Aussie Book Review: A Stranger in my Street by Deborah Burrows

A Stranger in My Street Deborah Burrows- A Stranger in my Street

 Format- Paperback

 Source- Review copy

 Publisher- Pan Macmillan

 Publication date- 22 May 2012

 Synopsis- It’s January 1943. Australia is at war and Perth is buzzing.
US troops have permanently docked in the city in what local men refer to bitterly as the American occupation, and Perth women are having the time of their lives. The Americans have money, accents like movie stars, smart tailored uniforms and good manners. What’s more, they love to dance and show a girl a good time, and young women are throwing caution to the wind and pushing social boundaries with their behaviour.
Not Meg Eaton, however. The war has brought her nothing but heartbreak, stealing her young love eighteen months ago. Until, in the middle of a Perth heat-wave, she meets her lost lover’s brother, Tom – standing over a dead body in her neighbour’s backyard.
Suddenly, Meg finds herself embroiled in the murder mystery, and increasingly involved with Tom Lagrange. But is he all that he seems? And what exactly was his relationship with the dead woman?
Debut author Deborah Burrows has brought her skills as a historian to the fore with this meticulously researched and thoroughly entertaining novel of love and intrigue.

Review- Love, suspense and an intriguing murder mystery set in 1943 in Australia. A Stranger in My Street was an unexpected treat- a novel set in Perth during the time when Australian troops were being enlisted for World War II. The protagonist, Meg Eaton is grieving the loss of her lover, Peter Lagrange who died eighteen months prior. Life looks bleak and Meg loses herself in her mundane life, refusing to date or socialise with the troops because she can’t imagine loving anyone the way she loved Peter.

But when she encounters a handsome stranger on her street, an Australian troop who bears the same surname as Peter, her fear and curiosity draw her in. She meets the mysteriously charming, Tom Lagrange- Peter’s older brother.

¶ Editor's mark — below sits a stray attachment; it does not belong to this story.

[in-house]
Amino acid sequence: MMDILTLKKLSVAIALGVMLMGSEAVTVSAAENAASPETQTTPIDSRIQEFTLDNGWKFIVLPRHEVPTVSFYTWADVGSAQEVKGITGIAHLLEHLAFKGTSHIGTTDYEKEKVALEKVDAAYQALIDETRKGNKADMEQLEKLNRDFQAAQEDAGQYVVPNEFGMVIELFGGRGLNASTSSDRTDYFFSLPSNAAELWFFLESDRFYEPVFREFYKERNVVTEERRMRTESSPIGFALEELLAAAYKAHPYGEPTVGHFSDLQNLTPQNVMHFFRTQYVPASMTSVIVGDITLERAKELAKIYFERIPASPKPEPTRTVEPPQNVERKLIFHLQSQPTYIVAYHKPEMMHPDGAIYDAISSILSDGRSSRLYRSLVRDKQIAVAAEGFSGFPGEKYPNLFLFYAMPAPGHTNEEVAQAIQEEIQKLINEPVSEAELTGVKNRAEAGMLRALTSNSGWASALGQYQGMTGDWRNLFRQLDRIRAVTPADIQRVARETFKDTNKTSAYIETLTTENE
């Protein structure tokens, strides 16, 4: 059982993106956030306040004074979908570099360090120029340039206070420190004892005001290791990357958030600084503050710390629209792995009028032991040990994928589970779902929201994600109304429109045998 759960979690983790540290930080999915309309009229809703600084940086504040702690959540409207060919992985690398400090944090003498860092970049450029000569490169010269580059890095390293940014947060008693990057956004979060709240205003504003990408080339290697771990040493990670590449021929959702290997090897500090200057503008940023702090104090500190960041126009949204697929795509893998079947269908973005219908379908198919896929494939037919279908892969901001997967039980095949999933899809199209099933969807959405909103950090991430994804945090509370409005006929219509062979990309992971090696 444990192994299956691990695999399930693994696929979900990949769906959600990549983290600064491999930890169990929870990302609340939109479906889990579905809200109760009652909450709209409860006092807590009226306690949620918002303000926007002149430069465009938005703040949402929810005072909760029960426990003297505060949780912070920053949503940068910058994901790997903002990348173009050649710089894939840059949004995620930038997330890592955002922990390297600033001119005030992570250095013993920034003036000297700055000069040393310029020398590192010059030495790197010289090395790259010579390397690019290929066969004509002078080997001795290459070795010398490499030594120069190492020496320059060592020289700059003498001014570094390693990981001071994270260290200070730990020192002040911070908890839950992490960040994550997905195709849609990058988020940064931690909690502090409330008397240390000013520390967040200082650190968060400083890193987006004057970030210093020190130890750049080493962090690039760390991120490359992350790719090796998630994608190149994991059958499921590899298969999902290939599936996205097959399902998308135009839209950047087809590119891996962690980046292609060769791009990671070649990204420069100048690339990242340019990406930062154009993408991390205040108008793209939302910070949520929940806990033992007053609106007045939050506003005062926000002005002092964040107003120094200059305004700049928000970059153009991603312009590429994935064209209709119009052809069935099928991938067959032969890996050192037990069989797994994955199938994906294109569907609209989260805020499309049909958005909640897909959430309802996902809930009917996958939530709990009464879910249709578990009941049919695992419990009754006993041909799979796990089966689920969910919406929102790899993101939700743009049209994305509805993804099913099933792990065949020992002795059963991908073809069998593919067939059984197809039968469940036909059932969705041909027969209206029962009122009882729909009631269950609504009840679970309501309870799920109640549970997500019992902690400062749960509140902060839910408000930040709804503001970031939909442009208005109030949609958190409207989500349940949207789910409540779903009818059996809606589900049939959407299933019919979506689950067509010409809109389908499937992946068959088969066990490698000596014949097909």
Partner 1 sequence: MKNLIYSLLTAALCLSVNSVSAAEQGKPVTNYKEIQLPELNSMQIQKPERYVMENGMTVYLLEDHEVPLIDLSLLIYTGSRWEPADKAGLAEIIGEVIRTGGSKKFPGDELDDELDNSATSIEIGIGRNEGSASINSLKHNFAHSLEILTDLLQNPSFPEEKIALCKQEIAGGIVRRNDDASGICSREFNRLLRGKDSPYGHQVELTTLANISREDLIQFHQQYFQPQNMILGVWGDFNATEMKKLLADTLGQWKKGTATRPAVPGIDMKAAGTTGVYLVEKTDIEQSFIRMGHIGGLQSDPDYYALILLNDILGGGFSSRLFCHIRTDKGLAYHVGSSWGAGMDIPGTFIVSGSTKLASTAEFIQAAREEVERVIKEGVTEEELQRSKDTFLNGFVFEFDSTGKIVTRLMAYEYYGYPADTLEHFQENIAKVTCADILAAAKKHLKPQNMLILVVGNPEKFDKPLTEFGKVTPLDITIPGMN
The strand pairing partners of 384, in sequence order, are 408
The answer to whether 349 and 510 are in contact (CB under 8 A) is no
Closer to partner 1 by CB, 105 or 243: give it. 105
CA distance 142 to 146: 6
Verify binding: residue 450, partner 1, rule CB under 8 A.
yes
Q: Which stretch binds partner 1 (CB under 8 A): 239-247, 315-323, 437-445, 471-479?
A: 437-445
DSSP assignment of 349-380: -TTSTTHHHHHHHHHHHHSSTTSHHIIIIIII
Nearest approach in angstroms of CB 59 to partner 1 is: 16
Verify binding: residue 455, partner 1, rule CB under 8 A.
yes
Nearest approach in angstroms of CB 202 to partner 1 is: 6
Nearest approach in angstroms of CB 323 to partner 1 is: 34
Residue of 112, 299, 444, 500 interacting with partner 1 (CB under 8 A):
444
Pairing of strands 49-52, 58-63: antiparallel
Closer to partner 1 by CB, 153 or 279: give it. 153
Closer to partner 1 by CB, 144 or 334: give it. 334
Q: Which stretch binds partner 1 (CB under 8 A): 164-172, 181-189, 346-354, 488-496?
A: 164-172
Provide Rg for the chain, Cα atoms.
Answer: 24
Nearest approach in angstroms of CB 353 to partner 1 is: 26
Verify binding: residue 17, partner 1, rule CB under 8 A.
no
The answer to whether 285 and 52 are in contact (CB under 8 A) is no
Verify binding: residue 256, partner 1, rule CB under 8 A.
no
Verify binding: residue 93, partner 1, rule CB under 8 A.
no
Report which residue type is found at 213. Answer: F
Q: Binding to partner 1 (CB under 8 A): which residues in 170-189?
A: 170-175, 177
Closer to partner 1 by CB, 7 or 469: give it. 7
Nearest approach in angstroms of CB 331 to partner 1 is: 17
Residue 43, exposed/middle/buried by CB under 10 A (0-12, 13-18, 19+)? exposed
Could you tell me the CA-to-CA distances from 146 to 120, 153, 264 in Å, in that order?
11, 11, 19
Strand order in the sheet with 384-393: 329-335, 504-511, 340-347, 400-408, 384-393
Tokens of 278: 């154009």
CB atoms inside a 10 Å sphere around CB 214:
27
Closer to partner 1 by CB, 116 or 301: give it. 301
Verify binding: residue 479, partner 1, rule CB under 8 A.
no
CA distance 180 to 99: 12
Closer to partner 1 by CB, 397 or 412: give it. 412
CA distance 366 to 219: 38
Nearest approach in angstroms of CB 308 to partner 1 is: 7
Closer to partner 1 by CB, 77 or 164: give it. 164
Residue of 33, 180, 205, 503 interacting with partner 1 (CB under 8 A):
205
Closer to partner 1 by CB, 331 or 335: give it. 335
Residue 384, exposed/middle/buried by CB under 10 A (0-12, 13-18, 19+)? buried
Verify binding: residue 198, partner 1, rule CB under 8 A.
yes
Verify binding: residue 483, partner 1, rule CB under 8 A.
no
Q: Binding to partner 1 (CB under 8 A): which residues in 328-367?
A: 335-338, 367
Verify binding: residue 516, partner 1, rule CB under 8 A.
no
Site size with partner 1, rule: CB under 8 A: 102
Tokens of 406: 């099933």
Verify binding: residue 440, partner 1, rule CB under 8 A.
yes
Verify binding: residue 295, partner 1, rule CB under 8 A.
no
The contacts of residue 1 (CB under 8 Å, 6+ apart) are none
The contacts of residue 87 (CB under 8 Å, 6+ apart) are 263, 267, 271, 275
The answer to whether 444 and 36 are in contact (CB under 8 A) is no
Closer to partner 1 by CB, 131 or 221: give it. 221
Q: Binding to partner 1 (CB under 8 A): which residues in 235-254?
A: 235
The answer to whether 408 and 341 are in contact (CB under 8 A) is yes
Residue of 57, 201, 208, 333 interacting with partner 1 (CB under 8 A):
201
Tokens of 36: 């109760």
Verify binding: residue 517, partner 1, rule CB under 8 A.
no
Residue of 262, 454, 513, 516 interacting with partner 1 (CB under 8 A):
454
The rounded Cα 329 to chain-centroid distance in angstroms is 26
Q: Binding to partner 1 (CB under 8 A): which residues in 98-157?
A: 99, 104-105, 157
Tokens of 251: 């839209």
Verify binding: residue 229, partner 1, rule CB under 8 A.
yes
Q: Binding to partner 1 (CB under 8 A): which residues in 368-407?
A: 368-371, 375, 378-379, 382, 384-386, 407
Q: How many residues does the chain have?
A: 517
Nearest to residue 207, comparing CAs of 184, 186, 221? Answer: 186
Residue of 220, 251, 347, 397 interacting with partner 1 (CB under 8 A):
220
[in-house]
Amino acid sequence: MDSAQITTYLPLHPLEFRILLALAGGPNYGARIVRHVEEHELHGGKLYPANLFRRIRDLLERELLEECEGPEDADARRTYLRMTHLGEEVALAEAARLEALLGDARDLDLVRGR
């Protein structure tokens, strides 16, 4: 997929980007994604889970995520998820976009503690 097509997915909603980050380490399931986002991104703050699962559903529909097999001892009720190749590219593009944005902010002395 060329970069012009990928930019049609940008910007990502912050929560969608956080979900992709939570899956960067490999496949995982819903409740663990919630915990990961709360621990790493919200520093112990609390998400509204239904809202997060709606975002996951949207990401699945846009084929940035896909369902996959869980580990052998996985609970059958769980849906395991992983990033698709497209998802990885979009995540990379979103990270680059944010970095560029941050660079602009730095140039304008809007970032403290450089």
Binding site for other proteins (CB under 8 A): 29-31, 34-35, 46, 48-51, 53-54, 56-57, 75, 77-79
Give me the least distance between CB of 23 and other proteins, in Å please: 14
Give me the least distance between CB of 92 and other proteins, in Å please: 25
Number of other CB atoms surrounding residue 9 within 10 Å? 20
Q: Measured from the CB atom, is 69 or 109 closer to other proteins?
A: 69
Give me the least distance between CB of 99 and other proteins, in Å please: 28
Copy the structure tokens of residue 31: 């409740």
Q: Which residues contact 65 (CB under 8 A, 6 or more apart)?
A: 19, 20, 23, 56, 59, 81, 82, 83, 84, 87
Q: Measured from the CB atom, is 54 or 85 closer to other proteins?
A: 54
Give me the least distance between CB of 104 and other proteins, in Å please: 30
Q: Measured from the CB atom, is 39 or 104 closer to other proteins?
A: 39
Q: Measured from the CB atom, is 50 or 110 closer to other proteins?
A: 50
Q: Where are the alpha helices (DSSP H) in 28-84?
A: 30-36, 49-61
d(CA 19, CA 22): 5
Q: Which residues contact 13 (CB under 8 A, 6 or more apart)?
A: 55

During an unexpected meeting, they stumble across the dead body of neighbour, Doreen Luca who has quite a reputation for frolicking with the American troops while her husband Frank is away. They become involved in the investigation of her murder, with Meg and Tom doing their own amateur sleuthing to uncover the truth of her death. Meg questions Tom’s relationship with Doreen and wonders whether she can trust him as it becomes clear he is hiding something from her.

Tom and Meg develop a friendship based on one commonality, their love for Peter. They develop an emotional bond that brings Meg out of her grief-stricken state and back to interacting with the world through dancing, dating and D&M’s with handsome Tom. Their friendship is characterised by an obvious attraction and an intellectual connection however Tom is engaged to be married to a beautiful Perth socialite.

Meg was an intriguing character who I quite liked and Tom was also likeable despite his arrogance and the uncertainty the author creates around his role in Doreen’s life. The author fleshed out Tom’s character really well and I quite enjoyed reading about the more vulnerable side to Tom and the internal conflicts he faced post-war. The relationship development was well-paced and believable.

Burrows has skilfully entwined her historian attributes to a well-researched novel based in Australia during the war. She explores issues pertaining to culture, racism, social class and the status of women in society while providing a suspenseful murder mystery and love story. A highly engaging debut by Australian author, Deborah Burrows.

4/5 rating

Purchase book @

Fishpond/ Amazon/ Book Depository UK

About the author: I’m a lawyer, and a writer and a historian (not necessarily in that order!). Lately I’ve merged the last two into a novel set in World War 2 in Perth, Western Australia: A STRANGER IN MY STREET, published by Pan Macmillan Australia. It will be in stores on 22 May 2012. I’m married to Toby and I live in a 1930s house with a huge garden. I specialise in the area of medical law. I also have several degrees in history including a post-graduate degree in medical history from the University of Oxford, where my dissertation was “Science in the Witness Box: Expert Medical Testimony in criminal poisoning trials in England 1800-1860” (bringing together my interest in crime, history, medicine and the legal process).

This book was read as part of the AWW2012 challenge:


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